5 Ingredients or Less: Sprite Scones

You can make these with chives and cheddar if you want to get all Red Lobster with the recipe. These scones come out to $0.50 a piece if you buy the ingredients at Walmart. 

The proper way to enjoy these is with Devonshire clotted cream and lemon curd. 

Recipe Ingredients

  • 3 cups self-rising flour
  • 3/4 cup lemon-lime soda (such as Sprite)
  • 3/4 cup heavy cream

Recipe Preparation

  1. Heat oven to 400°F. Line a baking sheet with parchment paper.
  2. Place the flour in a large bowl and make a well in the center. With a fork, gently stir in the soda and cream, mixing until incorporated (do not overmix).
  3. Drop 8 large spoonfuls of dough onto the prepared baking sheet. Sprinkle with raw or granulated sugar, if desired, and bake until golden brown, 18 to 20 minutes. 

Wednesday, November 2, 2011

Advertisement: Hopey Meals

It was late into the summer when we learned that Andreas had been admitted to the hospital with a mysterious illness. He was the boy in my Sunday School class I had hoped to watch from the football stands some day--the football stands surrounding a professional foot ball arena. Active and curious, protective of his grandmother, hyper active, and the very definition of "swagger."

It's the call you get and feel a bit of concern. The call that prompts you to request prayer, although a few days of school missed will more than likely be the biggest outcome.

Weeks later, I sat with my brother in the waiting room at the University of Virginia, expecting to say our last goodbyes. Andreas and his family had been friends for decades and his condition rapidly declined. His kidneys were failing, his little body swollen. We were expecting the worst, hoping for small change.

They still don't know what illness caused the stroke that resulted in a double amputation.

This is the reason that I first visited a Ronald Mcdonald House.

Andreas's mother, whose insurance didn't begin to cover all the medical expenses, was able to stay by her son's side for the months required for recovery at little to no cost because of the Ronald Mcdonald House charity that enables parents to stay close by their sick children.

After my trip to the gym the other night, I picked up a Happy Meal. I ordered a hamburger, and "apple fries" along with chocolate milk (I hear it's good for your muscles after a work out). Skimming through Woman's Day I discovered for the first time the purchase of a Happy Meal generates proceeds going toward charities like the Ronald Mcdonald House.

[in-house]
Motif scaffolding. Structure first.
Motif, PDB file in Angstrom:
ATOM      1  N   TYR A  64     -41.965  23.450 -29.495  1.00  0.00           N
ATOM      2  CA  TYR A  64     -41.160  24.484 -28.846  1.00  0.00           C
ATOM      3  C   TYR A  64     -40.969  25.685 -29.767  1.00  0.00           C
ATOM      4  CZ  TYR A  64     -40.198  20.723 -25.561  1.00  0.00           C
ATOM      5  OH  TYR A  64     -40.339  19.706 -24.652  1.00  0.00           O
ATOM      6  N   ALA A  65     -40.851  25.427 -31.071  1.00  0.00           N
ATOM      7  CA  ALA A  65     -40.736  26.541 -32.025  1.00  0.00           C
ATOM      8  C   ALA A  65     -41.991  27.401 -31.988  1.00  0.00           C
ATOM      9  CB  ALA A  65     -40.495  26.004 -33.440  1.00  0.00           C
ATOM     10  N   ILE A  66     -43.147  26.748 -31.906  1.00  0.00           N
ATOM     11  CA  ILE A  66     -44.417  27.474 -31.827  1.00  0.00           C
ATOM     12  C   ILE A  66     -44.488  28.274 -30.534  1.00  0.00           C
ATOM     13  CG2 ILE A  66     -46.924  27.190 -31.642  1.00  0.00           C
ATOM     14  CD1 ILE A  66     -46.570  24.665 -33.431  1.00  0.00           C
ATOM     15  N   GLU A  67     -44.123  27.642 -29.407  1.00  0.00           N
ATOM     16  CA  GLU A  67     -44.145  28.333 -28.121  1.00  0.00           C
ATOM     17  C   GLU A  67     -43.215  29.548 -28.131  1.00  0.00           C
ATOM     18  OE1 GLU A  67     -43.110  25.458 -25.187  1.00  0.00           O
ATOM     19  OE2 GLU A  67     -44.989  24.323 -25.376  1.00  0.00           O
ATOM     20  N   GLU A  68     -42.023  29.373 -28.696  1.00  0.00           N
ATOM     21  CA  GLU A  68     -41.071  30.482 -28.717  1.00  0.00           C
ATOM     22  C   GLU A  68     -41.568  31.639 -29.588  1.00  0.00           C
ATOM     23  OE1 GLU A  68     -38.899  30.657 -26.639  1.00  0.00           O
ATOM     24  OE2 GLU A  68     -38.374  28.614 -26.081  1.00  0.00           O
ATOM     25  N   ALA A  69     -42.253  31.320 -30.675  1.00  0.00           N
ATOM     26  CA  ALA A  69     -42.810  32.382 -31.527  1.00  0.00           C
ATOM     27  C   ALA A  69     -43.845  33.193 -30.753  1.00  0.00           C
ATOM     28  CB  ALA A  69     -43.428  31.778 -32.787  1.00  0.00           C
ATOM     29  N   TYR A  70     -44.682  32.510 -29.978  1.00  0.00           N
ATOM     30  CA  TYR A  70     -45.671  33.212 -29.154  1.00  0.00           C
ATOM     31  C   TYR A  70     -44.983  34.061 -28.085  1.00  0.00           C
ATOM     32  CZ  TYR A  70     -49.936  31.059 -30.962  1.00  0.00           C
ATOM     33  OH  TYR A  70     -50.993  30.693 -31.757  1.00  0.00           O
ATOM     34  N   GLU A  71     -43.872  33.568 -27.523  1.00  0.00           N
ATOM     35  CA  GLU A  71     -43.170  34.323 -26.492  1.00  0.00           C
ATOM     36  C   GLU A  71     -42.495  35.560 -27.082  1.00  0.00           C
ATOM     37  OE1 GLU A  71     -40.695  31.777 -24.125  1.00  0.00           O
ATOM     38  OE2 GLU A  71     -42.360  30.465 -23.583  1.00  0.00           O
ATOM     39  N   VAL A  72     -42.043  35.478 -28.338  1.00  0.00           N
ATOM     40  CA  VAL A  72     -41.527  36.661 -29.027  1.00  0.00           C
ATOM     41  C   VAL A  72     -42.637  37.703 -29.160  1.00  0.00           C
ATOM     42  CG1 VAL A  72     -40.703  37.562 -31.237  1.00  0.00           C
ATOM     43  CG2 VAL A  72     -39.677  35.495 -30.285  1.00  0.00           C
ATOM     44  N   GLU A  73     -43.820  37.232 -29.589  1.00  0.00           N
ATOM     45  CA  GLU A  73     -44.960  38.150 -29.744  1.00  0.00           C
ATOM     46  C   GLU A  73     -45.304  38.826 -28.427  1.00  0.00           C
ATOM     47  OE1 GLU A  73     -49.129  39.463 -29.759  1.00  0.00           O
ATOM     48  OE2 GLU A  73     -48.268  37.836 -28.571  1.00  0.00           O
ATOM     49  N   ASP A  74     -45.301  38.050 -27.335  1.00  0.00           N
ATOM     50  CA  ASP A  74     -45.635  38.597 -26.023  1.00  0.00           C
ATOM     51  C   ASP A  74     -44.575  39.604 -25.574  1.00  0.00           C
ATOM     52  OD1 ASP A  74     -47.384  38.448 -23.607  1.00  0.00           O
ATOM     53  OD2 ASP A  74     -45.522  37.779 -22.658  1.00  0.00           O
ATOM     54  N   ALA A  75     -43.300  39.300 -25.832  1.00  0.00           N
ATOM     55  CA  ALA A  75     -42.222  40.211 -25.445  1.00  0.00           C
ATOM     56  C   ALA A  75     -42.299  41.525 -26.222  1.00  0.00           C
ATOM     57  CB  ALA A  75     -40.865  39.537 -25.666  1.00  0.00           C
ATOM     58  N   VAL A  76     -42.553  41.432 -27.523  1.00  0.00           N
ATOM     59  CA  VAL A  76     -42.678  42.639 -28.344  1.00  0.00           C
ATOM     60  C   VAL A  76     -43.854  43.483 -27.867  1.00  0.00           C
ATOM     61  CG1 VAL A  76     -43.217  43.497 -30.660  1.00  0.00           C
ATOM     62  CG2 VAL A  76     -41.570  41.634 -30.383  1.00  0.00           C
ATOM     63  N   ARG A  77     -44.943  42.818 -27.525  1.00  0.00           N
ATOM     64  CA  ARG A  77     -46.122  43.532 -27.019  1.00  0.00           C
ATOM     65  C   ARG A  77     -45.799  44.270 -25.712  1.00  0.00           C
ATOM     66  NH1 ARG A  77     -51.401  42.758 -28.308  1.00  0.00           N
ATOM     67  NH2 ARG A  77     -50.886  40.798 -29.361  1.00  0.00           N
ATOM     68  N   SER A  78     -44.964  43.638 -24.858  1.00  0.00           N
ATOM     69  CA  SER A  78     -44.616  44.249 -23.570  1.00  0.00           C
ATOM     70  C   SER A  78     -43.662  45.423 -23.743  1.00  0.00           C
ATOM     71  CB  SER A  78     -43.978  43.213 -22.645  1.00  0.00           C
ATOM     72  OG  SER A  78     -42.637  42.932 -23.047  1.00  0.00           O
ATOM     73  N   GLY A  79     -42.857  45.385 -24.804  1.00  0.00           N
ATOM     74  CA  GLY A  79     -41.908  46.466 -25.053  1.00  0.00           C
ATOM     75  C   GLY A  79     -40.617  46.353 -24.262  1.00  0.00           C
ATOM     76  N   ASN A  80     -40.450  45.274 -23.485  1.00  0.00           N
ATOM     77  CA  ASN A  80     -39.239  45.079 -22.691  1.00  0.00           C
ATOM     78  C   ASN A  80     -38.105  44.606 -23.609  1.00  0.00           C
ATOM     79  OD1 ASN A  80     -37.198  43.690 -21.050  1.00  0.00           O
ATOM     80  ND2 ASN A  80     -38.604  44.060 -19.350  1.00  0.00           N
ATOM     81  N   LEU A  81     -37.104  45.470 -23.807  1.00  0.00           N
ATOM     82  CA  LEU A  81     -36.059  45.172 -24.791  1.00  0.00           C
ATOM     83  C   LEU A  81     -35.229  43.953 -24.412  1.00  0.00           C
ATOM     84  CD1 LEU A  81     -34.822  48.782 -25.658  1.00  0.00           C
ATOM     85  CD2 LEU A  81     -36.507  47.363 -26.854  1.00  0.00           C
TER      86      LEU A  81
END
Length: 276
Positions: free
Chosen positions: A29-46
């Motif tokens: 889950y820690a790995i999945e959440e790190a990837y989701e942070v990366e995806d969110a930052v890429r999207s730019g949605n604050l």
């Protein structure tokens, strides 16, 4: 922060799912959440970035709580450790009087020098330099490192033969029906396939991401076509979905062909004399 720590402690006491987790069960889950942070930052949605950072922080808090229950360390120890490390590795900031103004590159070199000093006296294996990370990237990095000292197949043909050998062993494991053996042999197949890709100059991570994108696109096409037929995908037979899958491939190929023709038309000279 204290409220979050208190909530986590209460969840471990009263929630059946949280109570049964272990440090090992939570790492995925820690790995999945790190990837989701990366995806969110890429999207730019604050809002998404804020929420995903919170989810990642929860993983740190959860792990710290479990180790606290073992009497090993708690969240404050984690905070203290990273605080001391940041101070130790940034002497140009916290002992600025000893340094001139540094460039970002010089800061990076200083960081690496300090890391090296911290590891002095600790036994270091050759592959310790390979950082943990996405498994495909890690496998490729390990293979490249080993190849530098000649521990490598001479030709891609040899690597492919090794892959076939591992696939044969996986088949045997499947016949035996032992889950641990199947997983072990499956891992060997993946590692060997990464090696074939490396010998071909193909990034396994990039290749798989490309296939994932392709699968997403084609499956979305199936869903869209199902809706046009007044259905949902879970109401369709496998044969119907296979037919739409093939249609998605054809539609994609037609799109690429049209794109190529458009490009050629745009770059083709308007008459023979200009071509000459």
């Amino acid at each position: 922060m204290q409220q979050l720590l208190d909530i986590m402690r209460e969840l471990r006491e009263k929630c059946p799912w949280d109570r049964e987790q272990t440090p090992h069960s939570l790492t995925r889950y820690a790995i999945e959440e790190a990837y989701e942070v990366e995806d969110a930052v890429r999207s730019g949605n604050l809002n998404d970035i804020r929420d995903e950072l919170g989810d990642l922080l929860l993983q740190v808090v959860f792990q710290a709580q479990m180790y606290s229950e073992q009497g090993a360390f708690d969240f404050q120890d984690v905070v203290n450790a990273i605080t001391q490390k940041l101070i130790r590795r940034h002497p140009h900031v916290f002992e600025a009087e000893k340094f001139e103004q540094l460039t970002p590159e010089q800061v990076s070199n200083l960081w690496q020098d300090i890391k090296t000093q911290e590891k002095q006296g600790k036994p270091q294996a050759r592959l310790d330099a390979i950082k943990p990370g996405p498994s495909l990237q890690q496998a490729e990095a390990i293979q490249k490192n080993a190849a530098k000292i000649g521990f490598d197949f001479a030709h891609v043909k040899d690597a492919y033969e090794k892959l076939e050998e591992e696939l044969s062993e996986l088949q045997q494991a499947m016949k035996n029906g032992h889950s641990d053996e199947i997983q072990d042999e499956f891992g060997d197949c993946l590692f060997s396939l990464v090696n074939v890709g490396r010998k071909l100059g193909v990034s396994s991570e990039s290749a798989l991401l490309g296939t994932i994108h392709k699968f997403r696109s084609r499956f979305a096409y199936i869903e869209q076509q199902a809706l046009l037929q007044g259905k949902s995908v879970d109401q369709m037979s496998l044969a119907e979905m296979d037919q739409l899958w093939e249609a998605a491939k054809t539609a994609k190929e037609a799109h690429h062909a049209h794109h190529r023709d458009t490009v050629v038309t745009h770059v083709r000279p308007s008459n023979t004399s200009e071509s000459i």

So I used it as a good excuse to indulge. And I thought about Andreas, who just received a special bicycle from the good folks at Wheels on the James this year.

And for all you factual folks I did the research. They donate one penny for each Happy Meal purchase.

Sometimes it takes small change for the hope of small change.

Tuesday, November 1, 2011

Eat Well: Chicky Meat Poof Pie

When I was a kid we called exposed flesh "chicky meat." If you bent over and your shirt came up in the back, that was chicky meat. If you wore short shorts in the summer time and your thighs were exposed, that was chicky meat. Chicky meat was all the rage and you better believe if yours was out, someone was gonna get it. Someone was going to get your chicky meat. 

I sat in the living room with a bowl of hot steamy chicky meat stew, amused that I had brought wine into the house right under grandma's teetotaling nose and she had said nary a word. 

This recipe calls for dry white wine, but I prefer Sweet Sophia wine from Rebec Vineyard because of the herb base and unique flavor. It's also a marvelous way to make stuffing for your bird this Thanksgiving and I find it quite drinkable. 

I think it might get your chicky meat. 


 Recipe Ingredients

  • 1/2 cup dry Sweet Sophia wine, Rebec Vineyards
  • 2 Tbsp all-purpose flour
  • Kosher salt and pepper
  • 4 medium carrots, cut into 1-in. pieces
  • 2 stalks celery, sliced
  • 1 onion, chopped
  • 11/2 lb boneless, skinless chicken thighs, cut into 2-in. pieces
  • 1 sheet frozen puff pastry, thawed
  • 1 egg, beaten
  • 1 cup frozen peas
  • 3 Tbsp fresh dill sprigs

What I learned:

You can't find puff pastries at Walmart. I bought the turnover kit sans apple. If you do that you need to fold the squares.

By the way my eggs were past the expiration date. If they float, I'd say toss them, if they sink, they're probably good. My first egg was as floater. I threw it at the neighbor's house. True story.

Who I shared it with:

Grandma, who got mad at me for not sharing it with the dog. 

That dog sure do got a lot of chicky meat...